July 16, 2014–On the sidewalk in the decidedly urban and deeply historic neighborhood of Germantown a few blocks from where I live, there’s a farmstand every Friday afternoon from May through October where you can buy produce grown on the grounds of a national historic landmark, Wyck Farm. There’s been a farm here for more than 300 years. The two-and-a-half-acre fragment still left is just down Germantown Avenue from Cliveden, a colonial mansion that was at the center of the Revolutionary War’s Battle of Germantown, The oldest section of the farmhouse that still stands on Wyck Farm, sharing a funky stretch of the avenue with Charley Grey’s Rib Crib, Mecca Pizza and the Brand New Life Christian Center, was built in 1736.
In the 18th and 19th centuries, Wyck Farm, which was owned for nine generations by a prominent Quaker family, occupied 50 acres in what was then a rural hamlet several hours by horse and buggy from Philadelphia. The remaining parcel is a bucolic oasis surrounded by the city. It is run by an association that offers summer camps and other educational offerings for kids, programs about local history and the weekly farmers market, featuring gourmet produce sold at prices that are fitting for a low-income neighborhood.
On my visits in recent weeks, I purchased carrots, beets, radishes, kale and other staples, as well as specialty items such as garlic scapes, black raspberries and gooseberries. Visitors on market afternoons are welcome to take a self-guided tour of the property. If you have questions about the day’s offerings, the farm manager, Katie Brownell, is happy to chat. If you, like me, are a gardener yourself, you can pick up some pointers from her about which vegetable varieties are doing best, how she is coping with pests and what she expects to have for sale in the weeks ahead.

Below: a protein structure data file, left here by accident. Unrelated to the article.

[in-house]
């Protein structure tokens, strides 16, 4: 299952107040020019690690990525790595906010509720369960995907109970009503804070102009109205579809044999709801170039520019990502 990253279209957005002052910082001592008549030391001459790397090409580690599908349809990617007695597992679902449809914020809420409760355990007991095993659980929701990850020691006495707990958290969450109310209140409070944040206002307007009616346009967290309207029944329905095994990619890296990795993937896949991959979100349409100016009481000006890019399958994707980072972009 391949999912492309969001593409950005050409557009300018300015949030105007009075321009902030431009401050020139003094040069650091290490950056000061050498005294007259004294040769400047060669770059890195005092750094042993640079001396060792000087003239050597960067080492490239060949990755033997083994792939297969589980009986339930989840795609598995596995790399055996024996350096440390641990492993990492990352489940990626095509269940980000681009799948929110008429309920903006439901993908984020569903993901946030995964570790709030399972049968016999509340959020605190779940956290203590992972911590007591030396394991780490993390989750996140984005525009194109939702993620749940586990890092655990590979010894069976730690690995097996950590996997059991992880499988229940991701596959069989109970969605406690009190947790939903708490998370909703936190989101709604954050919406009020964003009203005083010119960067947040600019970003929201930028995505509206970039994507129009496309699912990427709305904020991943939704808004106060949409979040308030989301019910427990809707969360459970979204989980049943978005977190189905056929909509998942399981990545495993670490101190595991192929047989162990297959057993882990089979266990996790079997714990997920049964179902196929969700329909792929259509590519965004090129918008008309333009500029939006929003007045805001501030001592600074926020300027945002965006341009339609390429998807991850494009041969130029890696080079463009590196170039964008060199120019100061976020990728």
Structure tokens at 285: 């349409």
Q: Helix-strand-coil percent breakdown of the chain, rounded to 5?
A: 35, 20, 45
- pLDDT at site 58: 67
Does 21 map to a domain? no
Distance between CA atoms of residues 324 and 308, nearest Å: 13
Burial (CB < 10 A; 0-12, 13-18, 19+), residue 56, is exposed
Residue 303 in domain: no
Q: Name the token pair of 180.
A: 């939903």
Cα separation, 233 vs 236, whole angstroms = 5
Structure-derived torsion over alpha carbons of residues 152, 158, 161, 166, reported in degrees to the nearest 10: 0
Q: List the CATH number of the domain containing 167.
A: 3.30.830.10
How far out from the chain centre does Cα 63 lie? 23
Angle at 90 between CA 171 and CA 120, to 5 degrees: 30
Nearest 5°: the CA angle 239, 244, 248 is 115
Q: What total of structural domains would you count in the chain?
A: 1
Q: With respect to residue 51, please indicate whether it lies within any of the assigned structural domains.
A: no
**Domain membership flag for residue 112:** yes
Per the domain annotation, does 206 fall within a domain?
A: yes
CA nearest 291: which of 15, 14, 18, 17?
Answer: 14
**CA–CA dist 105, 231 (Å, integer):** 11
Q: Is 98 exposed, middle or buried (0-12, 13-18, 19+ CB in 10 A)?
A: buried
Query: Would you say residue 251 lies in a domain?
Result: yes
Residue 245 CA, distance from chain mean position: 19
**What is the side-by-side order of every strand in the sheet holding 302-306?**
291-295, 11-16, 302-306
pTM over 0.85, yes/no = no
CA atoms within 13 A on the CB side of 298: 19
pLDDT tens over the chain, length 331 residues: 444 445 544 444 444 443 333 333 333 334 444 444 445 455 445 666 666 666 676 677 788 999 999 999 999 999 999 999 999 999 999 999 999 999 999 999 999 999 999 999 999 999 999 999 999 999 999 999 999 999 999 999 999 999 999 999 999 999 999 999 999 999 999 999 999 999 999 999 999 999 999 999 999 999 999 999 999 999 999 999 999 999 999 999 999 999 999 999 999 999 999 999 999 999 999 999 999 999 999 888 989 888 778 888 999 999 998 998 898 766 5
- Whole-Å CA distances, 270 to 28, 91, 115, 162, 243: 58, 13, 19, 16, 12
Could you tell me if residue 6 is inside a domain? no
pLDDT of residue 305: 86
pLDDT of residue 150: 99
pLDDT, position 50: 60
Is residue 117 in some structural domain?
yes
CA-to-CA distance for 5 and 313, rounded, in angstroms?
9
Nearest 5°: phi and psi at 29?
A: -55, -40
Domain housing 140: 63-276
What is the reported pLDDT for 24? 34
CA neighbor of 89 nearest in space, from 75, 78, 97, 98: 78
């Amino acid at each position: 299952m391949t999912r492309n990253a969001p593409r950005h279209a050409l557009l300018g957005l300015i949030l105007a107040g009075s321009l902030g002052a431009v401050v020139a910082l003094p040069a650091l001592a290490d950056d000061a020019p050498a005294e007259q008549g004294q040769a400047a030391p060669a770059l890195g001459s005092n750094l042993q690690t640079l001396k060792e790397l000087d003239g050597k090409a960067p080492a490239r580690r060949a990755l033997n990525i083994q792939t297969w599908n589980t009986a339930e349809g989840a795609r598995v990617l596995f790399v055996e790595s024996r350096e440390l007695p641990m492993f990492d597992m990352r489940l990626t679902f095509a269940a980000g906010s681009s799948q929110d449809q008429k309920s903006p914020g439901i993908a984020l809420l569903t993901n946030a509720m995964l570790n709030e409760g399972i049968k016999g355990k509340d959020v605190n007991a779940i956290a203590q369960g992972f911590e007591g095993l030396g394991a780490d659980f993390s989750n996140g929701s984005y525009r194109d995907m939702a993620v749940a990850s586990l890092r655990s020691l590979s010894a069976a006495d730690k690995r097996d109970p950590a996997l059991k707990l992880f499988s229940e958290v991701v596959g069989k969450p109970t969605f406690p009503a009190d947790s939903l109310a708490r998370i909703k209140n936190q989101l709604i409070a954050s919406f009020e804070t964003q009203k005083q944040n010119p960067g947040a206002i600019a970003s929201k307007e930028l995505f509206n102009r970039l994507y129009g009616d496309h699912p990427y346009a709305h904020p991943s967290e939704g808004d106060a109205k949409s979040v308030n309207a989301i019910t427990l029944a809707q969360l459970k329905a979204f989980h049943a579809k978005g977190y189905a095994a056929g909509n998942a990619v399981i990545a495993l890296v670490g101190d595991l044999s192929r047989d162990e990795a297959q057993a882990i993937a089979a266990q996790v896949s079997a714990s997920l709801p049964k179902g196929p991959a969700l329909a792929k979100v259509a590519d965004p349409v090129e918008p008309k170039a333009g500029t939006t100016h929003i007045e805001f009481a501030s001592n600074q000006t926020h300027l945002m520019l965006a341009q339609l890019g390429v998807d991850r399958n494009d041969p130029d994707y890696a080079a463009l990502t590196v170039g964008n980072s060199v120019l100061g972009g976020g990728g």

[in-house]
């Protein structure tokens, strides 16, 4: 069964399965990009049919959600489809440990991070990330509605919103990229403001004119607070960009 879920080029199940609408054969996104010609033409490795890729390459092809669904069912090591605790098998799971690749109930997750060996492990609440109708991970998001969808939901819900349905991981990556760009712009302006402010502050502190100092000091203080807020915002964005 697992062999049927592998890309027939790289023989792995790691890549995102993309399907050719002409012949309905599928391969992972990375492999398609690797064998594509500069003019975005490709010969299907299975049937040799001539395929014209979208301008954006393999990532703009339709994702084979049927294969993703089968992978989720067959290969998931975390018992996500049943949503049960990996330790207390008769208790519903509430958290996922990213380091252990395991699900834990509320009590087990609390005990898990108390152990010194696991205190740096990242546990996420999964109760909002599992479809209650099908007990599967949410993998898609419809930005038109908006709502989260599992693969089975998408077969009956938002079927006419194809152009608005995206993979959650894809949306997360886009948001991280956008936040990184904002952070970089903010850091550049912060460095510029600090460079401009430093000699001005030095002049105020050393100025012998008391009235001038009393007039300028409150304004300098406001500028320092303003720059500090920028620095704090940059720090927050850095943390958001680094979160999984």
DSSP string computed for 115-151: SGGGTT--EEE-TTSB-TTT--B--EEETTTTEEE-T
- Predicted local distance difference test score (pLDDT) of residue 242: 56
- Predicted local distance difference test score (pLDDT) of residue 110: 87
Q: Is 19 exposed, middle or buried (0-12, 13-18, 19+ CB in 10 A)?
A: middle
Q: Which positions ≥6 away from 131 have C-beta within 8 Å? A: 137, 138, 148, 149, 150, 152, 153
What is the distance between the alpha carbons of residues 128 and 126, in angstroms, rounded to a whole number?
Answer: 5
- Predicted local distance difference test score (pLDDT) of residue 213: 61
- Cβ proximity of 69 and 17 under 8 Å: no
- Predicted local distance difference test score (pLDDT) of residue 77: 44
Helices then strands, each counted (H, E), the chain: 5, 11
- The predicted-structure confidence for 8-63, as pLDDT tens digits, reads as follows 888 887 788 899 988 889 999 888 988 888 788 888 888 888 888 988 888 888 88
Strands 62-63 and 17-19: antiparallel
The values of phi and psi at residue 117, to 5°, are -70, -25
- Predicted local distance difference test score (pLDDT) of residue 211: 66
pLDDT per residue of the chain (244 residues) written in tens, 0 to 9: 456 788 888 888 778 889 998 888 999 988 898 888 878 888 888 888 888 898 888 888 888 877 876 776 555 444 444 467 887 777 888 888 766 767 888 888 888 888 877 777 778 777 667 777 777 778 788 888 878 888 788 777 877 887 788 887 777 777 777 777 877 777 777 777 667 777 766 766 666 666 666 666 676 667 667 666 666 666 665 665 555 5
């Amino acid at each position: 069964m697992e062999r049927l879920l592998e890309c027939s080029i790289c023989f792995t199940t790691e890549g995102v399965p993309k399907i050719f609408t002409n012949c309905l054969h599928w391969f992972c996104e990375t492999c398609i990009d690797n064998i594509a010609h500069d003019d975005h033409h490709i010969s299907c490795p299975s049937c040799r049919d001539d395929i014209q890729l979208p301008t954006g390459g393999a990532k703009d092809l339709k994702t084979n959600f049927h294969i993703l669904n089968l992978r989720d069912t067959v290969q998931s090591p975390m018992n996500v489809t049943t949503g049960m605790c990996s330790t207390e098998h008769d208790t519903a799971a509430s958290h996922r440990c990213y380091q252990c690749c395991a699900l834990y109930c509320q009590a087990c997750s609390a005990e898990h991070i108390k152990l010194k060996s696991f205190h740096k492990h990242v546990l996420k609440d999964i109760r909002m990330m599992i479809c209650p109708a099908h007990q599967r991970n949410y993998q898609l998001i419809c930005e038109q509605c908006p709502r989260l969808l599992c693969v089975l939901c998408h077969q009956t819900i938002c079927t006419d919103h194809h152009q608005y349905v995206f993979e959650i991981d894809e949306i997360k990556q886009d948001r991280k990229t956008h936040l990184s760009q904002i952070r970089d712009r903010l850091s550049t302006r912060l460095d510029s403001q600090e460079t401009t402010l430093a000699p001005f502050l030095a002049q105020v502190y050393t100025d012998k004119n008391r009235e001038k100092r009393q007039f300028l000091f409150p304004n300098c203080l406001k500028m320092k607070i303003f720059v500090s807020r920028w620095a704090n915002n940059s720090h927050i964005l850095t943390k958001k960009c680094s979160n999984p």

Katie was introduced to farming in this region when she worked at farmers markets affiliated with the Food Trust, an organization that helps oversee more than two dozen farmers markets in the city including the Wyck Farmers Market. In that job, she got to know some of the growers, which led to jobs on nearby farms in the region that sell at Philadelphia farmers markets. She later completed a graduate program in organic farming in Michigan.
This is her second year managing the Wyck Home Farm. It is an ongoing learning experience, she says. Some of what she learned in Michigan hasn’t worked here. For example, as she noted in the weekly report that she emails to customers, some lettuce varieties that lasted through the summer in the somewhat cooler climate of Michigan bolted before the end of May in Philadelphia. On the other hand, a tomato variety that was one of her favorites in Michigan, the dramatically striped Copia, thrived in Germantown last year and she expects it to be a star performer again this year.
Katie is also looking forward to a mid-summer harvest of a crop that you don’t ordinarily see around here at the hottest time of year: broccoli. The Piracicaba variety, from Brazil, “actually enjoys hot weather,” she wrote in one of her weekly reports. And if you’re looking for something new to eat, keep an eye out for Malabar climbing spinach, a nutritious green that loves 90-degree heat. On my recent tours of the farm, I’ve noticed that it has been about a foot higher on the trellis each week.